Flowers in the dirt

Begging is not just a cause of antisocial behaviour, it is a consequence of it as well.

Sadaf Shahid October 05, 2011

Gone are the good old days when driving was fun. People who could afford the luxury of a car, would drive for long distances post sunset for relaxation to vent out the frustrations built during the day, enjoying the breeze, since ACs were not common then. Occasionally, one would come across a familiar flower boy or an old man at the corner or signals. People would give them a rupee or two and were in return showered with prayers for a happy and long life. One reached home light and rejuvenated, ready to go back to the grind the next day.

As time passed, cars became a necessity and driving a nightmare. After making one’s way through bottle necks and traffic jams, when one reaches the signal drained and drenched, what awaits you is an unprecedented hoard of car cleaners armed with filthy wipers and spray bottles filled with muddy water, beggars — young and old — seemingly healthy men and women, some wounded, amputated or disguised. Then there are beggars who pretend to be hawkers but are more interested in getting a paltry amount rather than selling what they have. Before you pull your breaks someone has already sprayed your wind shield, the other is tapping your window incessantly to get your attention as they narrate the story of misery and deprivation at home. While you are at the verge of a panic attack, the light turns green but before you celebrate your escape, you find eunuchs or to be more precise, men disguised as women, right in front of your bonnet in grotesque attire, powder and paint, with their dupattas covering your wind shield, leaving you completely baffled before you manage your way out. You brace the same at the signal ahead.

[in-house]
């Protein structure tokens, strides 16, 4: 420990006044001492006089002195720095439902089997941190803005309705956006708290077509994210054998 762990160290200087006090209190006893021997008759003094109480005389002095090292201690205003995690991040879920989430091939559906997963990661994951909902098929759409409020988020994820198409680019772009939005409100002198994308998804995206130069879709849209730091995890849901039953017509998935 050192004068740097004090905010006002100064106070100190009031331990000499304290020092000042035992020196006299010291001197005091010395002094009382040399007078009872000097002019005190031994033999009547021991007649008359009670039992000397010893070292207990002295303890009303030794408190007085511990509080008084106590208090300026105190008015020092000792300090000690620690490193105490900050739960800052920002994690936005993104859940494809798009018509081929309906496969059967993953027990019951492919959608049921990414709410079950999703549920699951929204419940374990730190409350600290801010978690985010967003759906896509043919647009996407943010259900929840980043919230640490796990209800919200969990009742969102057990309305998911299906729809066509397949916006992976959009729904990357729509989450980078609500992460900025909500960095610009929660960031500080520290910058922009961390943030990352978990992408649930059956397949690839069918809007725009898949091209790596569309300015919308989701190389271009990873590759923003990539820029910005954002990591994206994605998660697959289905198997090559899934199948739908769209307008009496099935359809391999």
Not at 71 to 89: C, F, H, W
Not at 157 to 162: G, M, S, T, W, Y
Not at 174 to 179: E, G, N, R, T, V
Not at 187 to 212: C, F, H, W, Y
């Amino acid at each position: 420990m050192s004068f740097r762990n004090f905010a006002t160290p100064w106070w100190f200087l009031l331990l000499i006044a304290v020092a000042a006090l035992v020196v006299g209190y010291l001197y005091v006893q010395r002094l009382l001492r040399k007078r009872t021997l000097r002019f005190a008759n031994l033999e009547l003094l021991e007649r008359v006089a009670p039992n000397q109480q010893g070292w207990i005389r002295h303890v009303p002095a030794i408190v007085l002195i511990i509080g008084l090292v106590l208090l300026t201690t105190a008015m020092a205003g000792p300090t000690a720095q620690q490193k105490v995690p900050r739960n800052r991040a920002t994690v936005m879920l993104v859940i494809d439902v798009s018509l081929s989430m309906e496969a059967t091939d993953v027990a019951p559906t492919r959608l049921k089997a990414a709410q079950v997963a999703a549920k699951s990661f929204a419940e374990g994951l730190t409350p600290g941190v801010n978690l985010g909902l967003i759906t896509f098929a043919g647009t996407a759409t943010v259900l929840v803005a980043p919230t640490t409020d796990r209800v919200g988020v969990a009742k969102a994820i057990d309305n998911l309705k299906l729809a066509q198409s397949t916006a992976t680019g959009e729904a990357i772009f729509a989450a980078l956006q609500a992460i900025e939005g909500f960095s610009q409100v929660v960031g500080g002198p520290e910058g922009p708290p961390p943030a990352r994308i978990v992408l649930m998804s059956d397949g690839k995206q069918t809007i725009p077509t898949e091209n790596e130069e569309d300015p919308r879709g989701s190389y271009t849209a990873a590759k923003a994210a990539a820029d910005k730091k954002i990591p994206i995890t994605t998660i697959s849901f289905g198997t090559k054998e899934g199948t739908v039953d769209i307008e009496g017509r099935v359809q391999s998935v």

There is a mushroom growth of beggars in the city. Not a single signal, shopping mall, restaurant and street is spared. Almost 80 per cent of the population lives in rural areas with scanty resources of income, they turn towards the cities in search of a better life but are not always successful in doing so. Begging becomes their last resort and then it becomes a profession. Since it is an easy and more profitable way of income, no attempts are made to look for lesser paid unskilled jobs. Then there are professional beggars, which is the most thriving business that has plagued the society. These beggar masters are known for kidnapping children and sometimes parents even give their children voluntarily to these contractors who make these kids beg for the whole day for a small amount of money. They even disfigure and amputate them to gain more sympathy from commuters. During the Afghan war, millions of people migrated to Khyber-Pakhtunkhwa, but later spread to the rest of the country. Afghanis who owned respectable businesses back home turned to scavenging and a number of them resorted to begging for survival. A country that was struggling itself with economy couldn’t take the burden of feeding millions. Since then scavenging has become a profession in itself. Little boys are seen walking like zombies, carrying bags full of discarded waste. They are so absorbed in their hunt for food that they seem oblivious to the stinking rubbish around them.